Which drive upgrade is best for the PlayStation 4 and Xbox One: HDD, SSD, or HHD?

Sony allows you to easily replace your PS4’s hard drive (we’ve got an article on how to do so right here). Microsoft doesn’t officially allow you to replace the drive in the Xbox One, but with some know-how, steady hands, and proper tools, you can also replace the drive in the Xbox One if you really need to (and don’t care about your warranty).

If you take the upgrade path, there are three types of storage devices from which to choose: A hard drive (HDD), a hybrid drive (HHD), or a solid state drive (SSD). Speed, price, and storage capacity are the major concerns – so which drive is best for your new console?

It has been said before, but it’s worth saying again: While the standard 500GB, 2.5in, 9.5mm-tall hard drives that come with both the PlayStation 4 and Xbox One are much nicer than the launch PS3’s 60GB drive, they still don’t have enough space when a single game install can reach 50GB. You can replace the PS4’s hard drive easily, as Sony was kind enough to make it possible. The Xbox One doesn’t officially support user-upgraded hard drives, but if you are careful enough, you can pull it off. You have three choices of storage device, though, all of which vary in price, capacity, and speed, so you have to find a happy medium.

Standard hard drives are the cheapest option, which is likely why both the PS4 and Xbox One employ one with such a small capacity for a generation that uses 50GB discs. A hybrid drive incorporates a small portion of flash memory into the overall hard drive, so it’s a little more expensive than a standard HDD but has some speed advantages over a pure mechanical drive. Finally, the SSD is the most expensive of the bunch, and its cost means compromises on storage capacity. SSDs are by far the faster drive type, but you certainly pay for the speed, and an affordable drive has much less capacity than the standard 500GB hard drive.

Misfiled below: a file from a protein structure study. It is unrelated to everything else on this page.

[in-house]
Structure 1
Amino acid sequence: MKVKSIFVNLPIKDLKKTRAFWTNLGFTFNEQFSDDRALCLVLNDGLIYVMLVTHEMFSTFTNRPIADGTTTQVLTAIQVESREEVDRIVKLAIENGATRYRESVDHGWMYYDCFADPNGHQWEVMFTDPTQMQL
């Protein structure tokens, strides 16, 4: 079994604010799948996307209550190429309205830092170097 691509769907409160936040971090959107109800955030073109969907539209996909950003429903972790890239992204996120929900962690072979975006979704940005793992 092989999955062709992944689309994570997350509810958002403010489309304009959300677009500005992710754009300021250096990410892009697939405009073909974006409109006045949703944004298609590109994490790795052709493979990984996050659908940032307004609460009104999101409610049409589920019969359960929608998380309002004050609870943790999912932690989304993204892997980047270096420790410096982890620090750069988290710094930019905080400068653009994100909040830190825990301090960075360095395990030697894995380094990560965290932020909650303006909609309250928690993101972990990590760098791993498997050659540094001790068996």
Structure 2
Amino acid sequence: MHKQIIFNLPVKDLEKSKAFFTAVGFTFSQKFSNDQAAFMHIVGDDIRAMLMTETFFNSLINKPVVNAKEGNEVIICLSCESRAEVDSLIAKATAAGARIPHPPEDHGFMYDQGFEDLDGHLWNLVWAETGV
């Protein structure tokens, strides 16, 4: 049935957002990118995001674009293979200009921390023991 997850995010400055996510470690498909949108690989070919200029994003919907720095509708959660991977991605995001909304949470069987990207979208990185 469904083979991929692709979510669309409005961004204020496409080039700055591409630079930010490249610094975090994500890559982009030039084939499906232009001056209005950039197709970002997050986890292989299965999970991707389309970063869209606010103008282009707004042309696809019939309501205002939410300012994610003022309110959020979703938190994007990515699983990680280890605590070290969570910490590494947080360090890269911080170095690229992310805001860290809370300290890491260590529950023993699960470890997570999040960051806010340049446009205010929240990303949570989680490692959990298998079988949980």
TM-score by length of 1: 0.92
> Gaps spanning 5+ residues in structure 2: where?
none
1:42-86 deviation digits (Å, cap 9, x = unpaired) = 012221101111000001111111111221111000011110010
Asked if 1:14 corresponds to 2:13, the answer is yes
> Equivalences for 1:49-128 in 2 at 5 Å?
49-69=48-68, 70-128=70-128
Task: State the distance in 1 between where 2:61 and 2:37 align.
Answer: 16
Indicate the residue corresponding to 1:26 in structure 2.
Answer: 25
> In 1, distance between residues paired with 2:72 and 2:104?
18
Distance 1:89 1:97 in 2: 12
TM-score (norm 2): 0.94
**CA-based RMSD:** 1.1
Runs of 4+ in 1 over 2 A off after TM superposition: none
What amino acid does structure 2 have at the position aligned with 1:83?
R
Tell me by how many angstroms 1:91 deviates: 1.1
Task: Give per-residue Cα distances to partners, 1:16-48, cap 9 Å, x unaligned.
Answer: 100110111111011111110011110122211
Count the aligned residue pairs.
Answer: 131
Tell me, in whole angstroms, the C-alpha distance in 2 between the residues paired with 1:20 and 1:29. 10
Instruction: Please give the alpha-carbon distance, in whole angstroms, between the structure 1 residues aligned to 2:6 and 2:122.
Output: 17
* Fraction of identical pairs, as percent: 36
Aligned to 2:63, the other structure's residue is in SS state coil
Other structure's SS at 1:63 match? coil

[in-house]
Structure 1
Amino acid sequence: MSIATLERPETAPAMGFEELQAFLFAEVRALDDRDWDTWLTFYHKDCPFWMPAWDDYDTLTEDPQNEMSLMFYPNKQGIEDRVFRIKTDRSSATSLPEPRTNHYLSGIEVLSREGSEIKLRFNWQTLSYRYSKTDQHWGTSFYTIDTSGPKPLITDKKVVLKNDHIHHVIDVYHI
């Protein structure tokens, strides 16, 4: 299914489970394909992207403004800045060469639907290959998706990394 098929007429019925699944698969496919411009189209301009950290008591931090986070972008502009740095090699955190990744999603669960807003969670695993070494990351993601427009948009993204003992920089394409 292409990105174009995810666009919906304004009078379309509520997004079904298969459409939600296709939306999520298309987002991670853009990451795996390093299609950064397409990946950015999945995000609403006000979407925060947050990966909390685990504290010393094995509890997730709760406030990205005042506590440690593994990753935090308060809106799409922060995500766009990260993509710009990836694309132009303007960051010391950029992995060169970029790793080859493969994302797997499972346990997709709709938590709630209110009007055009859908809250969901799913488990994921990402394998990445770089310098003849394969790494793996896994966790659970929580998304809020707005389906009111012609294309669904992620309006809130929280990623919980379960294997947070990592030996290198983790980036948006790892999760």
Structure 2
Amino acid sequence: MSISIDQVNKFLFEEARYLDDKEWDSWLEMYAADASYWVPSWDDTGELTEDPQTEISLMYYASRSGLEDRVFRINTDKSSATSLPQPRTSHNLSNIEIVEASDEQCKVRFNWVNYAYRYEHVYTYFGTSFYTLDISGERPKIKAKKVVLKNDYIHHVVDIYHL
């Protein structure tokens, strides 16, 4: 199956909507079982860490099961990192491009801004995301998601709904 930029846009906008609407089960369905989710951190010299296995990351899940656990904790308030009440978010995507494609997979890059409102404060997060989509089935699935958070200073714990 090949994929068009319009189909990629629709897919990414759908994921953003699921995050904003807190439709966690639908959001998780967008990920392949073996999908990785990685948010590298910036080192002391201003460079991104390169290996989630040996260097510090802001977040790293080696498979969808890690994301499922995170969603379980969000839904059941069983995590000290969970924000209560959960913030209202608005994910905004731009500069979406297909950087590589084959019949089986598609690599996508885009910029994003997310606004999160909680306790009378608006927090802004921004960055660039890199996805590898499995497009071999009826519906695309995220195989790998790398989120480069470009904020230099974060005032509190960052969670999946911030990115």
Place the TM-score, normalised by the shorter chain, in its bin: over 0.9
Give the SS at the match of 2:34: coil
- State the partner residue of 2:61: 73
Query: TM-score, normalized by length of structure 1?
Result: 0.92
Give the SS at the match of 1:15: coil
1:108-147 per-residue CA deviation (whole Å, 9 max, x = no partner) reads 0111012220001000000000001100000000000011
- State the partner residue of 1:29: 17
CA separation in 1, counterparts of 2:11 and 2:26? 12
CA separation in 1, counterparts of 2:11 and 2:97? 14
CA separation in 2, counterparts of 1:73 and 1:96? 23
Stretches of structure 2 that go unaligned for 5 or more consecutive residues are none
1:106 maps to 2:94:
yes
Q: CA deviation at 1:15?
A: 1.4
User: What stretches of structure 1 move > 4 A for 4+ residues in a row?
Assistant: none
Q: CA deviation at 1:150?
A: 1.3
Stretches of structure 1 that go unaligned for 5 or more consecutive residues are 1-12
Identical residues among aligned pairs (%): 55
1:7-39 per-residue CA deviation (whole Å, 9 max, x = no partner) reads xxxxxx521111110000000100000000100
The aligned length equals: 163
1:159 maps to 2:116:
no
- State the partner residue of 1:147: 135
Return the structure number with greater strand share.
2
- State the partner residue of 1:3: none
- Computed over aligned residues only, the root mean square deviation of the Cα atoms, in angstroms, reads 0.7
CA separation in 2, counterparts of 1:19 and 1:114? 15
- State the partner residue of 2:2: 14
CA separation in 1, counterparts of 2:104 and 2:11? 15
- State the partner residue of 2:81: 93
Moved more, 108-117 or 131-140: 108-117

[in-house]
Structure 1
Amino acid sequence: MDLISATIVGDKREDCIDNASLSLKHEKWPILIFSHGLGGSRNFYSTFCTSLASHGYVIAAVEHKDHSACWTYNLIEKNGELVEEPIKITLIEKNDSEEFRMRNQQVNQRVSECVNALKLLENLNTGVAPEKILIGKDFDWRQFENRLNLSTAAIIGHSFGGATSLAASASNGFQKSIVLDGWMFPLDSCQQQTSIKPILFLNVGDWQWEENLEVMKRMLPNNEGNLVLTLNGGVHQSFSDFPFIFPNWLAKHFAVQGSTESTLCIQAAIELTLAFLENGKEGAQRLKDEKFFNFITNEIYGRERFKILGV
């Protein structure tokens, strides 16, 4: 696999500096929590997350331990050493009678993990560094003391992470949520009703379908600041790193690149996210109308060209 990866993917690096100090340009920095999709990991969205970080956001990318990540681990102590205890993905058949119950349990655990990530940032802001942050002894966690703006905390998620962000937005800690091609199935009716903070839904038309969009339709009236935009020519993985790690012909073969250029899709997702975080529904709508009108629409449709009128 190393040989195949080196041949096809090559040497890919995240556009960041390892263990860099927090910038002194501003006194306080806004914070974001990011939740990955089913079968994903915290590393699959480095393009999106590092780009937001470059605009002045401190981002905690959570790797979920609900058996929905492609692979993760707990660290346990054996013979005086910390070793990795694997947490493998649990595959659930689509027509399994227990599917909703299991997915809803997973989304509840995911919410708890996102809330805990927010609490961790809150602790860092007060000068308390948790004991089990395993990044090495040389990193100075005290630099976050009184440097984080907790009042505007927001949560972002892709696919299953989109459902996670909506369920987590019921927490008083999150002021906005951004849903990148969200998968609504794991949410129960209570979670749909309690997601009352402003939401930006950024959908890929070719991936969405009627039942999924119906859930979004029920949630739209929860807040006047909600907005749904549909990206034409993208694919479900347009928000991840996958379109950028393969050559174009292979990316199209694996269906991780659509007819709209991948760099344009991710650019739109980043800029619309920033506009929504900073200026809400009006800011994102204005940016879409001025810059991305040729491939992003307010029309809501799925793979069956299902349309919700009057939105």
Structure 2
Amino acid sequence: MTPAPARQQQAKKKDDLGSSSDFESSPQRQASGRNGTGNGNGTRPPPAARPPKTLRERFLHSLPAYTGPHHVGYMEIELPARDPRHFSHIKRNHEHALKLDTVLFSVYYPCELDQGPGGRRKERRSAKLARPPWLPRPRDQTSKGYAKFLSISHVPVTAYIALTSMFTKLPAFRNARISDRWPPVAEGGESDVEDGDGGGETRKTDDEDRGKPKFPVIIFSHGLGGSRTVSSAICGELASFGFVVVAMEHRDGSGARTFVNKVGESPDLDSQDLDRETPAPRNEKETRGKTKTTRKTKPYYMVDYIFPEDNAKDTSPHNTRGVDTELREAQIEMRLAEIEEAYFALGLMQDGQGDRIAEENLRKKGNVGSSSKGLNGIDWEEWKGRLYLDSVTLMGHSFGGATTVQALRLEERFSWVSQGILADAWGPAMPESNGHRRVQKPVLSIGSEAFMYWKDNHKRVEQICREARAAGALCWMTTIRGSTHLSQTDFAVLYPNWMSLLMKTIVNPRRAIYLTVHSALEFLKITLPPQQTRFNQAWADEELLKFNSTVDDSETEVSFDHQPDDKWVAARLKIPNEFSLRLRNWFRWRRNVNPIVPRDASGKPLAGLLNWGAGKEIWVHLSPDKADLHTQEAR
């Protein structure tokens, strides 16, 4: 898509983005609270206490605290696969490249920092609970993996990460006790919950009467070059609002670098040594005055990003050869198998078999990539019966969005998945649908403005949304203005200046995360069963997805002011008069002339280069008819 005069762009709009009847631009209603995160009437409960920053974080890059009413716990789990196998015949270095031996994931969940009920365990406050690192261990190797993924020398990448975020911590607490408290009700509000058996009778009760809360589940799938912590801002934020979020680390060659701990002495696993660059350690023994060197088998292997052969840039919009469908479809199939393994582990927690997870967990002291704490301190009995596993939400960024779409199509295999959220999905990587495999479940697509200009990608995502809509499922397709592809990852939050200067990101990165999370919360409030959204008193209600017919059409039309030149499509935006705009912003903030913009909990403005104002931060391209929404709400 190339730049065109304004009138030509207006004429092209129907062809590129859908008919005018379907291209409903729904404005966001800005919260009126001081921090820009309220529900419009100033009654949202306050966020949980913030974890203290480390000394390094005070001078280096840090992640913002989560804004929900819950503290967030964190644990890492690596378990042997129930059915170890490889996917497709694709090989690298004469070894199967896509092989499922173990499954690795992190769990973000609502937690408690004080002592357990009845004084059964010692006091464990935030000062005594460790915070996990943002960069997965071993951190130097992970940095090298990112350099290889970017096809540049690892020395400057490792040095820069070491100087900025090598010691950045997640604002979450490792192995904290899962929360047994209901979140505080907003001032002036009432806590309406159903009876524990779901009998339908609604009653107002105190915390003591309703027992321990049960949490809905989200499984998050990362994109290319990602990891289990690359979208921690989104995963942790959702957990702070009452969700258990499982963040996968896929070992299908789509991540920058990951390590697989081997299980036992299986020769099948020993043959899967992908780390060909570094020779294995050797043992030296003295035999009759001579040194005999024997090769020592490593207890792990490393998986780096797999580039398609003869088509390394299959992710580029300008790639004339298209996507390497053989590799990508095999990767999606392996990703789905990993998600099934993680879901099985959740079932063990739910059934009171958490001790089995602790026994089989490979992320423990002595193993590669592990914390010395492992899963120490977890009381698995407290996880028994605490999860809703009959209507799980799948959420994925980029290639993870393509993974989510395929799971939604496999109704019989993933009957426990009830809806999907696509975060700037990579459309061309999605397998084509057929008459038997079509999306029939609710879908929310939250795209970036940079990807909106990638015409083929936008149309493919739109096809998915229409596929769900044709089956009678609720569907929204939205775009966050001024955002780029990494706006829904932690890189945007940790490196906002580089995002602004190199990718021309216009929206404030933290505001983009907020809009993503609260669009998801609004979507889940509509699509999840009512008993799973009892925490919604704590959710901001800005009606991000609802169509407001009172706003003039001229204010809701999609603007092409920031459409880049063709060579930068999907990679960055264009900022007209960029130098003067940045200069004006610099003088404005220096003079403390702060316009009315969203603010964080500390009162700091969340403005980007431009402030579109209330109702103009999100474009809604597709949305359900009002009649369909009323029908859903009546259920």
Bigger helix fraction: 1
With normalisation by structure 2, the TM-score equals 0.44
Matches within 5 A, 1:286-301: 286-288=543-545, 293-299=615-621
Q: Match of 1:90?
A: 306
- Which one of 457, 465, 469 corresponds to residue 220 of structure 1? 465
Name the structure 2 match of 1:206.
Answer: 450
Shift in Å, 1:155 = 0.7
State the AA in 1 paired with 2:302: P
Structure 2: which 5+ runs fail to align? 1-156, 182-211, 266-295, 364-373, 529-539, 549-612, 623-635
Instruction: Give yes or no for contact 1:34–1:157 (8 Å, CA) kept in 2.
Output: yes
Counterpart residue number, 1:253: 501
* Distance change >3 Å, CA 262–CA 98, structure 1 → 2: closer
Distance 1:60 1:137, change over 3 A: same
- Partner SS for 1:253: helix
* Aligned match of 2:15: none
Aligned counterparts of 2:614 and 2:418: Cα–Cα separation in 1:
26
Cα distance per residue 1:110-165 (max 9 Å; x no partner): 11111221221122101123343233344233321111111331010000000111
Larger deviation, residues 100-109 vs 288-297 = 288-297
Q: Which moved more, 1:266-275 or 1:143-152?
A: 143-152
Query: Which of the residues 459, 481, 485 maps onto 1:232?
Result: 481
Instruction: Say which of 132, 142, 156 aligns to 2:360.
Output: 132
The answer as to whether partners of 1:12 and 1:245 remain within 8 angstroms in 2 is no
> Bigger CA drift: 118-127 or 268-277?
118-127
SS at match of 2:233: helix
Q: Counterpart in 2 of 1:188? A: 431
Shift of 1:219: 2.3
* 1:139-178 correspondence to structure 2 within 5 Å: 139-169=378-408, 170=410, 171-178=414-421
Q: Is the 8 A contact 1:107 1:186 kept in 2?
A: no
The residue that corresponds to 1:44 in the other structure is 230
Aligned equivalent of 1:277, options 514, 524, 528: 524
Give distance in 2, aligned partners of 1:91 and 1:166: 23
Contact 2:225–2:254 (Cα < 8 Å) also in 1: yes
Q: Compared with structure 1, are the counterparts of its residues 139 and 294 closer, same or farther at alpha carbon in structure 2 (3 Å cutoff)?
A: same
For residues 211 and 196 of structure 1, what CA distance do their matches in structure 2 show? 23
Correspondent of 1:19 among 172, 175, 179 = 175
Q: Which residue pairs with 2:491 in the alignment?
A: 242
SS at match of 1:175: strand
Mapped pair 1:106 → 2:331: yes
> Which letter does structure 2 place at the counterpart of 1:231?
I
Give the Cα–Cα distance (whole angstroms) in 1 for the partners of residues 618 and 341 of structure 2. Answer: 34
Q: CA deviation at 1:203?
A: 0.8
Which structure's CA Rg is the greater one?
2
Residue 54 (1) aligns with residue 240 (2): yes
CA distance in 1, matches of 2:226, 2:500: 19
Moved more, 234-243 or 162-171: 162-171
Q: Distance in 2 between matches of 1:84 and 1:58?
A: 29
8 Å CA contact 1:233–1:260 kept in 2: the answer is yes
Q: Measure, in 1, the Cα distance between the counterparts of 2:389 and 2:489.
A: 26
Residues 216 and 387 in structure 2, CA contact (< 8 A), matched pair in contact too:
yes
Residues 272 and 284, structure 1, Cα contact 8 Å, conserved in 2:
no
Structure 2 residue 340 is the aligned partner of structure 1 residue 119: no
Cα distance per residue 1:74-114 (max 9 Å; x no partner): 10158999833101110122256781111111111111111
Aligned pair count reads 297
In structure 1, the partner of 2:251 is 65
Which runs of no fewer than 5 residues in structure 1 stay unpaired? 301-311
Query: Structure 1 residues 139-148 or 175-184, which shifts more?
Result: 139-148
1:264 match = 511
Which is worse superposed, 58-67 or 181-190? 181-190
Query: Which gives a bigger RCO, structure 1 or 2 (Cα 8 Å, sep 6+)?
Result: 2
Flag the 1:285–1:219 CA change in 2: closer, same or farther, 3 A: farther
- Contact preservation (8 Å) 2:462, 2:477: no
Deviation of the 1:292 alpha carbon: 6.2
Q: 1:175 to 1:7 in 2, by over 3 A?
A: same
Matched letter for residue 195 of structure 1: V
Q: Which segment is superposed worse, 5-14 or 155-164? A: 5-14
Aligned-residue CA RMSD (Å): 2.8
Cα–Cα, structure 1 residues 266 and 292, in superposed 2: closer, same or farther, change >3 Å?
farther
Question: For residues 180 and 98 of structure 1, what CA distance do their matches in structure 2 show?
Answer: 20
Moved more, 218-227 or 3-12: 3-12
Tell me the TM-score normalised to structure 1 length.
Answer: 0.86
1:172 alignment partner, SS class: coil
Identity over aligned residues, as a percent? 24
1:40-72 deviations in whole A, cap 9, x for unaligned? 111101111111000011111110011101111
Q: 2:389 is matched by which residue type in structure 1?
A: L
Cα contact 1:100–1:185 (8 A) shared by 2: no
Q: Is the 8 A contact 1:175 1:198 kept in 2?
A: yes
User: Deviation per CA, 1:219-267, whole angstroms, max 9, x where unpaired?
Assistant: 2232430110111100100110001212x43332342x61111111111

Just after the PS4 was launched in the US (which was a fortnight before it hit the UK), Tested went ahead and spent the money, and compared the HDD, hybrid, and SSD. As expected, the HDD provided the slowest load times, the hybrid drive sped up significantly from the HDD, and the SSD was the fastest… but also the most expensive.

It turns out that the hybrid drive performed almost as well as the SSD, only lagging a couple of seconds behind the much more expensive SSD. Both drives were noticeably faster than the HDD – around six seconds faster to boot or load a disc-based game, and nearly 20 seconds faster when loading a game installed on the drive.

The PS4 and Xbox One use a hard drive that’s priced at around £40 by online retailers. A 500GB SSD will set you back anything from around £280 to £350 or so – in other words, almost as much as the console itself in the PS4’s case. Sacrificing a speed upgrade, you can jump to a 1TB hard drive for around £55, while a 2TB HDD would set you back around £100 or so (remember, this is a 2.5in drive). You’d then have enough space to fit 40 full Blu-ray game installs, but remember, you’re forking out a hundred quid plus (depending on the exact drive) and you’re not getting a speed upgrade, unless you see a slight bump up from the move to 7200RPM from 5400RPM.

If you just want the speed upgrade, you can grab a 500GB hybrid drive for around £60, but that seems too expensive when not upgrading the storage capacity. Moving to a 1TB hybrid drive, you’ll get a speed boost and double your storage capacity to a respectable number (when 50GB games are involved, that is). You can find drives like this for around £80 or so. Overall, that hybrid drive seems like the best mix of a storage capacity boost, speed increase, and a price that you’ll only feel guilty about for a day or two.

For more on the new consoles, check out our Xbox One versus PlayStation 4 speed showdown in which we determine the fastest console of the pair, and we also have an Xbox One versus PS4 feature list showdown, a blow-by-blow feature battle between the two machines.